Hmmm. Never looked at things this way. George Foreman was a fat slob inbetween careers, but he's fit now and didn't take any beatings in the ring. He might live a long while. Lennox Lewis, too. I think Mike Tyson has shortened his lifespan with the drug use and ass whoopings he took, especially against Buster Douglas and Lennox Lewis.
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Re: Life Spans of the Heavyweight Champions

Zorro
The human body isn't meant to get beat on like this. I don't think that your lifespan is affected by boxing unless you take some severe beatings over the course of your career. Mike Tyson indeed took a bad beating from Lennox Lewis. Lennox said that he hurt his hand from hitting Mike Tyson so hard. On the other hand, Lennox Lewis never took any beatings. The closest was his grueling fight with Ray Mercer and his last fight with Vitali.

But you never know. Frankie Campbell's brain was knocked loosely from his skull from a single blow from Max Baer. Ernie Schaaf took such a beating from Max that one jab from Primo Carnera killed him in his next fight. Boxing is a dangerous sport.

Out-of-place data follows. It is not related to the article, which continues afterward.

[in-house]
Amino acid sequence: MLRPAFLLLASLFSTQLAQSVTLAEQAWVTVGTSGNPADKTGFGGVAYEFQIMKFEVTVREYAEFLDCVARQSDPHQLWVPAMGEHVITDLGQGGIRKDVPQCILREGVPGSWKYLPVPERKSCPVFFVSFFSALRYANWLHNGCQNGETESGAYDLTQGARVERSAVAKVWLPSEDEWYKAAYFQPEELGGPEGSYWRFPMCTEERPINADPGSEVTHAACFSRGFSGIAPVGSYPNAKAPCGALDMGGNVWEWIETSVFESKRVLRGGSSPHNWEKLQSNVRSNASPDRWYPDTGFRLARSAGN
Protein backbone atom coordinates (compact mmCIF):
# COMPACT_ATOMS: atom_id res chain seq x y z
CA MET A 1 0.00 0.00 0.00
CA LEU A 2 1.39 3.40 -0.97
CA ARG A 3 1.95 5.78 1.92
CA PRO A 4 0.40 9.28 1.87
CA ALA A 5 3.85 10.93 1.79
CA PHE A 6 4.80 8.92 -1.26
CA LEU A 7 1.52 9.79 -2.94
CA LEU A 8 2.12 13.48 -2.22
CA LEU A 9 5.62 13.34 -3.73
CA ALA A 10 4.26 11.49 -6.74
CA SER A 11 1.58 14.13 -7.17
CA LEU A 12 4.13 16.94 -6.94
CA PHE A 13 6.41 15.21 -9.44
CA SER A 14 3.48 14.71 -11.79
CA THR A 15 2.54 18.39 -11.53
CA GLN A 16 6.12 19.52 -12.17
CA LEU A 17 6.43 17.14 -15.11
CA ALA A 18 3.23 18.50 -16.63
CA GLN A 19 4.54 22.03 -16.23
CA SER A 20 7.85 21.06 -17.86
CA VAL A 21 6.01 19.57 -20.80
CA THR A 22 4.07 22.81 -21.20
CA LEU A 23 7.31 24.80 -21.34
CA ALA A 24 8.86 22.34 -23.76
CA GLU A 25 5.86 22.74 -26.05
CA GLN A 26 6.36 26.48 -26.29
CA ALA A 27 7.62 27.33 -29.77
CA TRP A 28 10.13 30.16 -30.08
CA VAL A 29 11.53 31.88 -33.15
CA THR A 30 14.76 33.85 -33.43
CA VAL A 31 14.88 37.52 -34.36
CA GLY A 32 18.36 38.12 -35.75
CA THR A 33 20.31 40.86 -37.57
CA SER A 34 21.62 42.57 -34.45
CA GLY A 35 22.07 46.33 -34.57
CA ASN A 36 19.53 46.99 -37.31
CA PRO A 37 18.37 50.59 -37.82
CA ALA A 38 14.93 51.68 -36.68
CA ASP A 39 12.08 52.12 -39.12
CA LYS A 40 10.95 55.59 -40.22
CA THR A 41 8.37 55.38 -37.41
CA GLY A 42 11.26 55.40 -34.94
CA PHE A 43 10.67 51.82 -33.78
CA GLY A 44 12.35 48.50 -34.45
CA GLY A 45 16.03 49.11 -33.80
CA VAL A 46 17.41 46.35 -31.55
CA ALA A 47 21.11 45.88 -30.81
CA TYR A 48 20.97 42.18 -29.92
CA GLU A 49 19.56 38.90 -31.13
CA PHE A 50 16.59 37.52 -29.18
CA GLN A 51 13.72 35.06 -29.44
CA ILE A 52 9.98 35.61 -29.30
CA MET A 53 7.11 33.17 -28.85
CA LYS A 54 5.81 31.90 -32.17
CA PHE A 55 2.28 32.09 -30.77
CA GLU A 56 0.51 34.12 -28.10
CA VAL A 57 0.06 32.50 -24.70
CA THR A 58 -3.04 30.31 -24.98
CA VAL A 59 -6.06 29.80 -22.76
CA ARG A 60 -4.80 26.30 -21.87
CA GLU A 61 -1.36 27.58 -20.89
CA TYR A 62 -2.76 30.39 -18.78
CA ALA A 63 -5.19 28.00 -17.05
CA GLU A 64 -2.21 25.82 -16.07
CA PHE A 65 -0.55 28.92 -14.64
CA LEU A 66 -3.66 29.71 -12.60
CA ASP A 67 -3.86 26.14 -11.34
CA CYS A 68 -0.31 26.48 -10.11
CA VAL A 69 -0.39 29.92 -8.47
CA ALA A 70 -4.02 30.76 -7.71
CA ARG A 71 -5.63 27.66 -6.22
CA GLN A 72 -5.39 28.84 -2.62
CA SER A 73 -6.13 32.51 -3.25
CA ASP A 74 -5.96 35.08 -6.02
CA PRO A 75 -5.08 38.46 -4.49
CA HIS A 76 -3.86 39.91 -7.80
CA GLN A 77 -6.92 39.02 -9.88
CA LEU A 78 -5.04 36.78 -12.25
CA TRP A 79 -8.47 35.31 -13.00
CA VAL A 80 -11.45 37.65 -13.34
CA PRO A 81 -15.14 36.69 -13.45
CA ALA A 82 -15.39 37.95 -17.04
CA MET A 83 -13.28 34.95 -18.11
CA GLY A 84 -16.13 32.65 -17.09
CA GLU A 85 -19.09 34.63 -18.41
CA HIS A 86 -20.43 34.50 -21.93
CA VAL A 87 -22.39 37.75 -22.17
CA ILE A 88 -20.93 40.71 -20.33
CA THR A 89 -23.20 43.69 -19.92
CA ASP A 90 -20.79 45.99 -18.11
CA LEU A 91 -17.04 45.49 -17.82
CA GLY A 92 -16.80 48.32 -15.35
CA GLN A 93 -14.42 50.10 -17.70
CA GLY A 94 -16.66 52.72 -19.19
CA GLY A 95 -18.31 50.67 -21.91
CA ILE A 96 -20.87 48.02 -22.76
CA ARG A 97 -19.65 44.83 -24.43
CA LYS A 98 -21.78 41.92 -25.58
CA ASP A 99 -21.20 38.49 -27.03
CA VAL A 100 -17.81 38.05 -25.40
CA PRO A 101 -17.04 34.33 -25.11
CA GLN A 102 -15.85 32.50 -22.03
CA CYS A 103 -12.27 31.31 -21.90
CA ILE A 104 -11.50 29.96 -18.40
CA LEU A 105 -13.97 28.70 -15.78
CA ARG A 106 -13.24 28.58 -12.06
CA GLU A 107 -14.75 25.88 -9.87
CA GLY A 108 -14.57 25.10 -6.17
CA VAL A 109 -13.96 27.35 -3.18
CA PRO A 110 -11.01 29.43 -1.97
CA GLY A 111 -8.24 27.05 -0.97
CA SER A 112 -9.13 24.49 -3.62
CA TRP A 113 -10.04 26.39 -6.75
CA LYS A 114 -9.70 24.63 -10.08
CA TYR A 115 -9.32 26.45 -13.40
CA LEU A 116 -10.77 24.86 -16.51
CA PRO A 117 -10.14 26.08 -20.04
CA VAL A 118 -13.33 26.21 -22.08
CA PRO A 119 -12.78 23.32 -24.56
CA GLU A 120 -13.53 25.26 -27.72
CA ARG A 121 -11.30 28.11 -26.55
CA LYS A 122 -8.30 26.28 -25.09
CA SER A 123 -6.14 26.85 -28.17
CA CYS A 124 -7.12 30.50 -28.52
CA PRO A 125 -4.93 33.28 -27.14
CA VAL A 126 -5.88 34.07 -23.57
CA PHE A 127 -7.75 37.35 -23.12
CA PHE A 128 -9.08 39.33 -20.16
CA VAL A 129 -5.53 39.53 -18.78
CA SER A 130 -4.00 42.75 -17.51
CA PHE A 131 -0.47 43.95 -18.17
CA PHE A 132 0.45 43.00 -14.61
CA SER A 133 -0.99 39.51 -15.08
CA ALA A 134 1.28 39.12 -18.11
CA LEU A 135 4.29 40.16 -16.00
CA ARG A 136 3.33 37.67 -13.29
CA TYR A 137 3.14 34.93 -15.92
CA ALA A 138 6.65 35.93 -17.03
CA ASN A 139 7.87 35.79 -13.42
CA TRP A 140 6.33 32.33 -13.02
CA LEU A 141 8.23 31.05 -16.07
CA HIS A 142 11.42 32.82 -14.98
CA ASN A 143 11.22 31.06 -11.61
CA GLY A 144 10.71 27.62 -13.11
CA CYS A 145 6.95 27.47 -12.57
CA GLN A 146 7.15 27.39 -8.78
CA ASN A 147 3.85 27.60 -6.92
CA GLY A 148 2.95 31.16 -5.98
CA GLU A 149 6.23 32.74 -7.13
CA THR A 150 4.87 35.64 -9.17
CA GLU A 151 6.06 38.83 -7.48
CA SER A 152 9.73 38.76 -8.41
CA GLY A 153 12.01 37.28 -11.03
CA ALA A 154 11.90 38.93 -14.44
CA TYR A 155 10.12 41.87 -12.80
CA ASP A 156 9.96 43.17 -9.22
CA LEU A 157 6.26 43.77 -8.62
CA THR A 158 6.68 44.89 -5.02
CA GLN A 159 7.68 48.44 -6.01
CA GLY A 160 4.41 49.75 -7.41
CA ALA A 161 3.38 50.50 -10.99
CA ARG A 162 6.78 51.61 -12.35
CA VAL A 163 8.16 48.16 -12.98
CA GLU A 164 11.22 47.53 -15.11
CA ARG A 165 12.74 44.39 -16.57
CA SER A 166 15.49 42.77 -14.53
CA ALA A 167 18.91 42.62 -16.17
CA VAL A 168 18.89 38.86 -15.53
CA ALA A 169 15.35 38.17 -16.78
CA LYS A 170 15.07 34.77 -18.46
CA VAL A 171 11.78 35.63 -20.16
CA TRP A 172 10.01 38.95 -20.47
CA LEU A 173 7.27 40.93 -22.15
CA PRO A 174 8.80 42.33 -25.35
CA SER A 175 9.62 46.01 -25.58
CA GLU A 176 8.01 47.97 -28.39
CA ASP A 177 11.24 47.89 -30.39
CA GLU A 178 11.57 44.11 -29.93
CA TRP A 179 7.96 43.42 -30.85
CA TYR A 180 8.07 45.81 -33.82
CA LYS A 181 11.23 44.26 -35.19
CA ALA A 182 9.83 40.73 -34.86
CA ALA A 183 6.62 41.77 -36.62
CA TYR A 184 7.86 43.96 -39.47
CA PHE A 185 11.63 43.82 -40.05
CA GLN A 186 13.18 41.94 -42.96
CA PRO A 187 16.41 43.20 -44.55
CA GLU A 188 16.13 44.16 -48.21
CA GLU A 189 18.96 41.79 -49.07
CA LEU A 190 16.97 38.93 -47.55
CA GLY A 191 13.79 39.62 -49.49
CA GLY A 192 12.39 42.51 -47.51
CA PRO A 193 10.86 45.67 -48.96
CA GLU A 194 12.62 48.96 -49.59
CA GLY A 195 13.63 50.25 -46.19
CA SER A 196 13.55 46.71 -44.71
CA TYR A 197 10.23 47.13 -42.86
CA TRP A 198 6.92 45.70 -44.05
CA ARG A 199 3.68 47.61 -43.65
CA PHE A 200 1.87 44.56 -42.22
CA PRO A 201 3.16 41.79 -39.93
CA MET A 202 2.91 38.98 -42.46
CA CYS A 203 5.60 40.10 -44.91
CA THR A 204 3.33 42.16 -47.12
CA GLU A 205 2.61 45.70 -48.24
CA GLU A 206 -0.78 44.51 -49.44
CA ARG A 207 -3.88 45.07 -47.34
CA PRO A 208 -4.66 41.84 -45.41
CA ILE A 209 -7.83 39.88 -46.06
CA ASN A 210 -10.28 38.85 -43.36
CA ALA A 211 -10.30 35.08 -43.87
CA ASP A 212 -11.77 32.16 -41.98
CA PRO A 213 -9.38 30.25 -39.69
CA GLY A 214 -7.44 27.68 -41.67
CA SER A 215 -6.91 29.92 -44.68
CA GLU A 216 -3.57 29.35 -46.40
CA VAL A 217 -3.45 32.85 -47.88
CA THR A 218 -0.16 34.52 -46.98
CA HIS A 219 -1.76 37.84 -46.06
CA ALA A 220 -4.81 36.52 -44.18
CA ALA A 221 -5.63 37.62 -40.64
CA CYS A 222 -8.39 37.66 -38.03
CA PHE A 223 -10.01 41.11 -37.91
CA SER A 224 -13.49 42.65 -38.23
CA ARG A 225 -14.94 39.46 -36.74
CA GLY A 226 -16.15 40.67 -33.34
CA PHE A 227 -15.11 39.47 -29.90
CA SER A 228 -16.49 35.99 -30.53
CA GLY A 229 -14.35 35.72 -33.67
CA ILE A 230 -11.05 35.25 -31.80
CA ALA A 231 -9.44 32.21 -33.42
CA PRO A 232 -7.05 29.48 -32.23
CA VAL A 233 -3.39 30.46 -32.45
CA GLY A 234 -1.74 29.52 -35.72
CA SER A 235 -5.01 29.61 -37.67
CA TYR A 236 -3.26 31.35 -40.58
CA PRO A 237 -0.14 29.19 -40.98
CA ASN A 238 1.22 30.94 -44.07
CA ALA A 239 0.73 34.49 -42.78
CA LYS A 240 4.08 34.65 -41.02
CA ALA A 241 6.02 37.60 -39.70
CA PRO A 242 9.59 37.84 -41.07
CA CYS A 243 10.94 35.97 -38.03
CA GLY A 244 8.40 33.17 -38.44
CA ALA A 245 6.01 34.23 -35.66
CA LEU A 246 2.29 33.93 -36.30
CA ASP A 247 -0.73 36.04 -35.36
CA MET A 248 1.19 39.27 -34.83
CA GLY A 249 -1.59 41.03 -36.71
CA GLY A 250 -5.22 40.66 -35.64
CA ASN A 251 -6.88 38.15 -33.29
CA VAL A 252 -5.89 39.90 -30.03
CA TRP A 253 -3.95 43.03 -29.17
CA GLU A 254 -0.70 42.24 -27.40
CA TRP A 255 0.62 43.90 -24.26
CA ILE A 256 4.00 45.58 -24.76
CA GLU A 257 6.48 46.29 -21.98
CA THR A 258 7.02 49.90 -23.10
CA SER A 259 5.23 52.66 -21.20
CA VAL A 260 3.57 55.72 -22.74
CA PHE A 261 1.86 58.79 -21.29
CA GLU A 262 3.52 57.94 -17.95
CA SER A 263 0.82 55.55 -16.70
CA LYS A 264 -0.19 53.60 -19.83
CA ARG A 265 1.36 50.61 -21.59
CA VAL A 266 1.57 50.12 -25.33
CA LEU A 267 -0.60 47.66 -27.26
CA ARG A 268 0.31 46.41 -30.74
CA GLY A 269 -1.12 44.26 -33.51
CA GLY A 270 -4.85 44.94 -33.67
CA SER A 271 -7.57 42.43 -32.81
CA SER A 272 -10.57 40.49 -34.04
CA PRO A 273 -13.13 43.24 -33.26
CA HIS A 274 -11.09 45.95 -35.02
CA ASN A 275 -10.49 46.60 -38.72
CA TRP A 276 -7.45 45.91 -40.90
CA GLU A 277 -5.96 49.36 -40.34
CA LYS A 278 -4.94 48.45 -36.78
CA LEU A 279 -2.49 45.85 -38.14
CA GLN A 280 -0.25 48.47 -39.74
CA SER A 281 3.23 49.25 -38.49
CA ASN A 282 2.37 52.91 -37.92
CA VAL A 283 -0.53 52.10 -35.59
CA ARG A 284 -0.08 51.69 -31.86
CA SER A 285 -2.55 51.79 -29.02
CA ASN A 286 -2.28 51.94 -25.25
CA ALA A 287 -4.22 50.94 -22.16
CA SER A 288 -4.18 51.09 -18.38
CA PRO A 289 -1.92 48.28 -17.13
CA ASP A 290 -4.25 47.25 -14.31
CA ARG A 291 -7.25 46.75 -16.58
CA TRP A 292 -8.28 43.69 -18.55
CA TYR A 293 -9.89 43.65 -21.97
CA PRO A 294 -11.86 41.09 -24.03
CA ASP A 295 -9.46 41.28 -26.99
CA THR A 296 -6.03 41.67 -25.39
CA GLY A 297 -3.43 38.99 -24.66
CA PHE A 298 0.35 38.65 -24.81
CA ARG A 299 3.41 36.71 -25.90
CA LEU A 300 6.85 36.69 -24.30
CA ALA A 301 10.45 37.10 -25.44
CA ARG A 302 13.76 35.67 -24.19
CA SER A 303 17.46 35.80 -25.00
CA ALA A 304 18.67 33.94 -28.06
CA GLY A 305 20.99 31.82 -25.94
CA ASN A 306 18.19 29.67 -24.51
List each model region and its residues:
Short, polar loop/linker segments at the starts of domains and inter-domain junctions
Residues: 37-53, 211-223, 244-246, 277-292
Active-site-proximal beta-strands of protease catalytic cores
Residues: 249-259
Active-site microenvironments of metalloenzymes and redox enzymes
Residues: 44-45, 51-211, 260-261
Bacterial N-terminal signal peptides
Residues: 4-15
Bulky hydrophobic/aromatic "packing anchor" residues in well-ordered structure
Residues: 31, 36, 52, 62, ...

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Re: Life Spans of the Heavyweight Champions

Urban Legend
Ali's parents both died at 77, so he may simply be hard wired for a specific life expectancy. Holmes is fat (and occasionally a happy drunk), while I can't see Holyfield and Bowe having an especially long life with the neurological issues both seem sure to eventually have to deal with.

Leon Spinks is in a state of deterioration, while Buster Douglas is probably lucky to be alive after that diabetic coma which hospitalized him before his improbable return to competition.

Foreman and Lennox seem to be the best candidates to reach 80 among the current crop of retired former HW Champions.
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Re: Life Spans of the Heavyweight Champions

Evolution
Urban Legend wrote
Ali's parents both died at 77, so he may simply be hard wired for a specific life expectancy. Holmes is fat (and occasionally a happy drunk), while I can't see Holyfield and Bowe having an especially long life with the neurological issues both seem sure to eventually have to deal with.

Leon Spinks is in a state of deterioration, while Buster Douglas is probably lucky to be alive after that diabetic coma which hospitalized him before his improbable return to competition.